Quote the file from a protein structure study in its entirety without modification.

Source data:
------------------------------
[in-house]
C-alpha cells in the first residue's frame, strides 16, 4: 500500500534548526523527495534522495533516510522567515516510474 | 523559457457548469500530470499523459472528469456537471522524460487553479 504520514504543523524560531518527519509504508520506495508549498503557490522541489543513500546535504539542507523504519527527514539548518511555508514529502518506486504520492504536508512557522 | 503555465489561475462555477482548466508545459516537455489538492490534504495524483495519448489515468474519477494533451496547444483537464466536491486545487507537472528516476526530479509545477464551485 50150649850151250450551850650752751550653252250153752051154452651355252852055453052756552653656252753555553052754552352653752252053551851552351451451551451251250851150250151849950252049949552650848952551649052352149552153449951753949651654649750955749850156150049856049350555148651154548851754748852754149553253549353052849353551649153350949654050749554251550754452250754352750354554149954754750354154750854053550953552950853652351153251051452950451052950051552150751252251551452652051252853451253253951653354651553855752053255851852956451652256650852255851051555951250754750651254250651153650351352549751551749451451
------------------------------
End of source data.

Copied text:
[in-house]
C-alpha cells in the first residue's frame, strides 16, 4: 500500500534548526523527495534522495533516510522567515516510474 | 523559457457548469500530470499523459472528469456537471522524460487553479 504520514504543523524560531518527519509504508520506495508549498503557490522541489543513500546535504539542507523504519527527514539548518511555508514529502518506486504520492504536508512557522 | 503555465489561475462555477482548466508545459516537455489538492490534504495524483495519448489515468474519477494533451496547444483537464466536491486545487507537472528516476526530479509545477464551485 50150649850151250450551850650752751550653252250153752051154452651355252852055453052756552653656252753555553052754552352653752252053551851552351451451551451251250851150250151849950252049949552650848952551649052352149552153449951753949651654649750955749850156150049856049350555148651154548851754748852754149553253549353052849353551649153350949654050749554251550754452250754352750354554149954754750354154750854053550953552950853652351153251051452950451052950051552150751252251551452652051252853451253253951653354651553855752053255851852956451652256650852255851051555951250754750651254250651153650351352549751551749451451